Can you avoid the half term holiday price hike? What the law says about taking children out of school
The Schools Minister Nick Gibb hailed this as a triumph, insisting that fewer pupils would be missing vital lesson as a result. However, a closer look at the figures reveals that how many fines are issued very much depending where your child goes to school.
According to the survey by the BBC, in the first year of operation:
- Hampshire issued less than 249 fines
- Berkshire issued less than 500 fines
- West Sussex issued 2,403
- (No data was given for Surrey)
- Top of the list was Lancashire, issuing no less than 3,106 fines
So, what are the regulations on removing children from school?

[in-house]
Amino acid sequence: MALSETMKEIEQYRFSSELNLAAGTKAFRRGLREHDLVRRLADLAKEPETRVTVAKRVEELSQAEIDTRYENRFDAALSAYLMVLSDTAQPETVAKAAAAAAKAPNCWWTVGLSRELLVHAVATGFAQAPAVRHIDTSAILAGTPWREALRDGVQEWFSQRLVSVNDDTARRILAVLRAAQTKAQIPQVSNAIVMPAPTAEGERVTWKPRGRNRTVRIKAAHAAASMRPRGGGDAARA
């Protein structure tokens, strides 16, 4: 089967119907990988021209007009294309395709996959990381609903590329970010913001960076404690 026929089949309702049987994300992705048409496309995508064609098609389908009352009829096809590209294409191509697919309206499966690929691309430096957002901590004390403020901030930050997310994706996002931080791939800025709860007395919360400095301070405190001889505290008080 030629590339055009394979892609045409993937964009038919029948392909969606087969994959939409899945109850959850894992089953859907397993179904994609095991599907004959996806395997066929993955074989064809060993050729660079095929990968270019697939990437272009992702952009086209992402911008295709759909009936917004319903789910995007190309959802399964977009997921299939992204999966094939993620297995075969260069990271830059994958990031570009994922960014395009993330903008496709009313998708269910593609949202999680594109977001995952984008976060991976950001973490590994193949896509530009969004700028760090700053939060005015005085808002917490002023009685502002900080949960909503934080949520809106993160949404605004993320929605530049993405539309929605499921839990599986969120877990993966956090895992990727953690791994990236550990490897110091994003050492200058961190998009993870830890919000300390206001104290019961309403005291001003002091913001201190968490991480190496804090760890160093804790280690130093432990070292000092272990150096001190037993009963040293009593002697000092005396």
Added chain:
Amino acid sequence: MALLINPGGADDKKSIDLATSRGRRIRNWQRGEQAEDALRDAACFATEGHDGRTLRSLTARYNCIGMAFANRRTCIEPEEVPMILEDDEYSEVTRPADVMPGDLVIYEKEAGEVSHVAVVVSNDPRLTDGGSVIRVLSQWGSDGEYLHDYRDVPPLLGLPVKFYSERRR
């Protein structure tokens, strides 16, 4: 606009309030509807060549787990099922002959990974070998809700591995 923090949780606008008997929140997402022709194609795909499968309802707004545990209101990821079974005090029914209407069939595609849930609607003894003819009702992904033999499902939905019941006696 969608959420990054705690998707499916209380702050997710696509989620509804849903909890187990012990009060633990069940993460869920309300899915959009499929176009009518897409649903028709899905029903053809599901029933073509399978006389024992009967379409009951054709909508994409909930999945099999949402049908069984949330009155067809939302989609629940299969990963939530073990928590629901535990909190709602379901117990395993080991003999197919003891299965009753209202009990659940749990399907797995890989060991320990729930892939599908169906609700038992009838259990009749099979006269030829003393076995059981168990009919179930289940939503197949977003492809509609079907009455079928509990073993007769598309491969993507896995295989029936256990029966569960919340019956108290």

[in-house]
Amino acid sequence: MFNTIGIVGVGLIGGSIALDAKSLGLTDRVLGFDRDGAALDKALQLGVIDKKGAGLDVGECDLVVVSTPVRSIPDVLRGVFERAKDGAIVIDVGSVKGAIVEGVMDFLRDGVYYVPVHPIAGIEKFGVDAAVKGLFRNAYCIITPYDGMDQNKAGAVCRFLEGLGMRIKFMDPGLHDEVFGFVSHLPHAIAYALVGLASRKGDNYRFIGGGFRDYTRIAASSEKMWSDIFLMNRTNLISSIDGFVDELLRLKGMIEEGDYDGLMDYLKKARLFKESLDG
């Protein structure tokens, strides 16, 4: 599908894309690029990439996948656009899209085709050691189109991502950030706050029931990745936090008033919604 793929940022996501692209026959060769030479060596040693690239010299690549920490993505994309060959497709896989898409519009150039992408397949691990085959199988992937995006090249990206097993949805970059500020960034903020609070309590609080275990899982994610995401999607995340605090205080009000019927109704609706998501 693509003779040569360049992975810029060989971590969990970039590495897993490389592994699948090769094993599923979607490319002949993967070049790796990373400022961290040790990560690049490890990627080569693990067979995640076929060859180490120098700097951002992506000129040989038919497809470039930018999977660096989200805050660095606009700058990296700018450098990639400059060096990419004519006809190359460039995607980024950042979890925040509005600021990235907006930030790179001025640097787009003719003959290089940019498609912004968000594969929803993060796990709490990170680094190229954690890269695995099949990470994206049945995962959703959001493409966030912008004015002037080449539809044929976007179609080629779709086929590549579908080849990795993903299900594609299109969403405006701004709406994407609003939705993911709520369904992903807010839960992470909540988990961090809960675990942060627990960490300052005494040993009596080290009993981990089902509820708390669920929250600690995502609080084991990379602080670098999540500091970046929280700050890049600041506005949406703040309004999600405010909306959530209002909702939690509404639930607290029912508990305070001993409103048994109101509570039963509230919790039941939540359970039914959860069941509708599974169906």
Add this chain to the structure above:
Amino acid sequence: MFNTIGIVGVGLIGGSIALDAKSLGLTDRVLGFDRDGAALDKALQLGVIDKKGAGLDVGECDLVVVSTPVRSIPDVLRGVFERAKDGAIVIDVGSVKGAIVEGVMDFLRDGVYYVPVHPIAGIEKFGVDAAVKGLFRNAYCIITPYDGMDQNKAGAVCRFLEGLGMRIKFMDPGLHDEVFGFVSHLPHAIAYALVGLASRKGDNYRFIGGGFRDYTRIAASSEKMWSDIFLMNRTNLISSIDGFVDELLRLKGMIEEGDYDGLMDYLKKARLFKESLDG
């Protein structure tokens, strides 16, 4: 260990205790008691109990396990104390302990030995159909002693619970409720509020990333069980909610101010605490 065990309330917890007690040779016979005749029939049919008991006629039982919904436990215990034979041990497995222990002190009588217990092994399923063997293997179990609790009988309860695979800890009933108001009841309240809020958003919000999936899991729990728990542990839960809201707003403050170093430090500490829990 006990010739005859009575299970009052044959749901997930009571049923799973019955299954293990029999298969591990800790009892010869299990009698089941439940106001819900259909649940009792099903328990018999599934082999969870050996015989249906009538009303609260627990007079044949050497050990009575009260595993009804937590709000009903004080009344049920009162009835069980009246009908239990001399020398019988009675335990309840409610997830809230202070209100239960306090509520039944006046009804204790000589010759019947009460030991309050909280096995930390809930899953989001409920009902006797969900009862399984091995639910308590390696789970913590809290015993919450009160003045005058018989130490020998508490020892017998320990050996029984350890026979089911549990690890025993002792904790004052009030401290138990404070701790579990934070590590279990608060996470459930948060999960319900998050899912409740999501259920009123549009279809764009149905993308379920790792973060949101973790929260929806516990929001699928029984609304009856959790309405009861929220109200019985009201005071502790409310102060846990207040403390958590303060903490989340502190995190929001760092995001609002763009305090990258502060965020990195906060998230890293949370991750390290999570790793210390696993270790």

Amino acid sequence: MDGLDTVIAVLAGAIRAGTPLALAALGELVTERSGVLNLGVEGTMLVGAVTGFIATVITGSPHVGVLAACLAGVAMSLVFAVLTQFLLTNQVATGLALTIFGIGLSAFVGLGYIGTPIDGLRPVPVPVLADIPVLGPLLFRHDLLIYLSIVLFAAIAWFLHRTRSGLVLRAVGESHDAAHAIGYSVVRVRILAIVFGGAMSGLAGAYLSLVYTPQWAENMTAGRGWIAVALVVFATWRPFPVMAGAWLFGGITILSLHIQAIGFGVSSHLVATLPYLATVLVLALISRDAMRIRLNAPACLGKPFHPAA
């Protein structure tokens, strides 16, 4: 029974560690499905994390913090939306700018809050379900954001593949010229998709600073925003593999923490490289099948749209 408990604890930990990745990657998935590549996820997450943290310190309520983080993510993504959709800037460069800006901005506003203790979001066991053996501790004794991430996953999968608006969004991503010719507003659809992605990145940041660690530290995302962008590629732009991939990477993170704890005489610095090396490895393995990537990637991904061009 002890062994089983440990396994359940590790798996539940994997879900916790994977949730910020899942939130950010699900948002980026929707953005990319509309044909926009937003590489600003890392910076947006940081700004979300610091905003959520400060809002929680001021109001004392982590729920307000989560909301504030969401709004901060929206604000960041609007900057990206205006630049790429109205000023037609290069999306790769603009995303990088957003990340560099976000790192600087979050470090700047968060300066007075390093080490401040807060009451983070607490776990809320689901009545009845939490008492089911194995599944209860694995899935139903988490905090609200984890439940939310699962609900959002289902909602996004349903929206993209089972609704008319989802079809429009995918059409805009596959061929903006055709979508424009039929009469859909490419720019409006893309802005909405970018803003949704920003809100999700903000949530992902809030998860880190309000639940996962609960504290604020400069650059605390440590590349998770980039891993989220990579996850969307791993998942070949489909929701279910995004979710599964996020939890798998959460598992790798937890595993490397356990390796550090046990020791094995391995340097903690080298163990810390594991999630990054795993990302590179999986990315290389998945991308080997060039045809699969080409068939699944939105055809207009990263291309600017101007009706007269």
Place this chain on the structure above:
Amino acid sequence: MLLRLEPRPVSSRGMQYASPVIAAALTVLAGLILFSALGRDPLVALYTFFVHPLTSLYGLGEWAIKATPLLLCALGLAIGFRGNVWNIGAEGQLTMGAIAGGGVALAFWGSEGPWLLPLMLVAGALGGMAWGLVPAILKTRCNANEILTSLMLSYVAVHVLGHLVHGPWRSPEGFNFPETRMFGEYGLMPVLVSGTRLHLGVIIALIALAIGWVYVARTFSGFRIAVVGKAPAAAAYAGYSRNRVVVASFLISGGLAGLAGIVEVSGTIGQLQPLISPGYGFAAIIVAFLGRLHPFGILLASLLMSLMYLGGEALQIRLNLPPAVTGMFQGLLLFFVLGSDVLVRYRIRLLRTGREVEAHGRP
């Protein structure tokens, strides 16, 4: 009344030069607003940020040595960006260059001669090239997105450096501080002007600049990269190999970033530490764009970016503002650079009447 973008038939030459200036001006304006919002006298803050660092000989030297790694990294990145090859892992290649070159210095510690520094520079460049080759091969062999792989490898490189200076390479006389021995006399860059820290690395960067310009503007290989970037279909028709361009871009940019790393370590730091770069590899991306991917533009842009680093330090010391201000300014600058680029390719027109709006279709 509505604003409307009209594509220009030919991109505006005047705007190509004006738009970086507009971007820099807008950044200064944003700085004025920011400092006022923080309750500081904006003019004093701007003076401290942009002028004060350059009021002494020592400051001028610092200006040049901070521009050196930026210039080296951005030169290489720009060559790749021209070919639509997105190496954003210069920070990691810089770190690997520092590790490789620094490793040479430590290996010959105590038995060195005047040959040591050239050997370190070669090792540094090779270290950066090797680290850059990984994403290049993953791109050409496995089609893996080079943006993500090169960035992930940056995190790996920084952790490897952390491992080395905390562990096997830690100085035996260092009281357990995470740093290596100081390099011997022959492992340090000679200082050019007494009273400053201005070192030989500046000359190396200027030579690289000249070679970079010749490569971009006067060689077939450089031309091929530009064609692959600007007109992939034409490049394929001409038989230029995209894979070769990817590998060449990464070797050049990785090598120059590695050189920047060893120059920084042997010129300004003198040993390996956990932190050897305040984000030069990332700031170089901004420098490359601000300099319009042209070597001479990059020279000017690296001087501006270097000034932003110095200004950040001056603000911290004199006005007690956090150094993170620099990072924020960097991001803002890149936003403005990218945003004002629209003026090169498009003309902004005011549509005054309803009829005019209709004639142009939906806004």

a) they are too ill to attend
b) you have permission in advance from the school
This permission can only be granted by the school head, and if permission is granted, the head teacher will decide how many days absence is allowed.
Under the Anti-Social Behaviour Act 2003, Section 23, your local council has various legal powers to ensure your child attends school, including a Parenting Order, an Education Supervision Order, a School Attendance Order, and the penalty notice (fine) discussed above. The current penalty is £60, rising to £120 if unpaid within 21 days, and penalties are issued per child, not per household. If you don’t pay within 28 days, you can be prosecuted which could lead to a fine of up to £2,500, a community order or a custodial sentence of up to 3 months. However, it is worth noting that a council is not required to issue any order before prosecuting you.
In January 2014, a couple from Shropshire were ordered to pay almost £1000 in fines and costs for taking their three children to Greece for a week, making their cheaper holiday suddenly very much more expensive…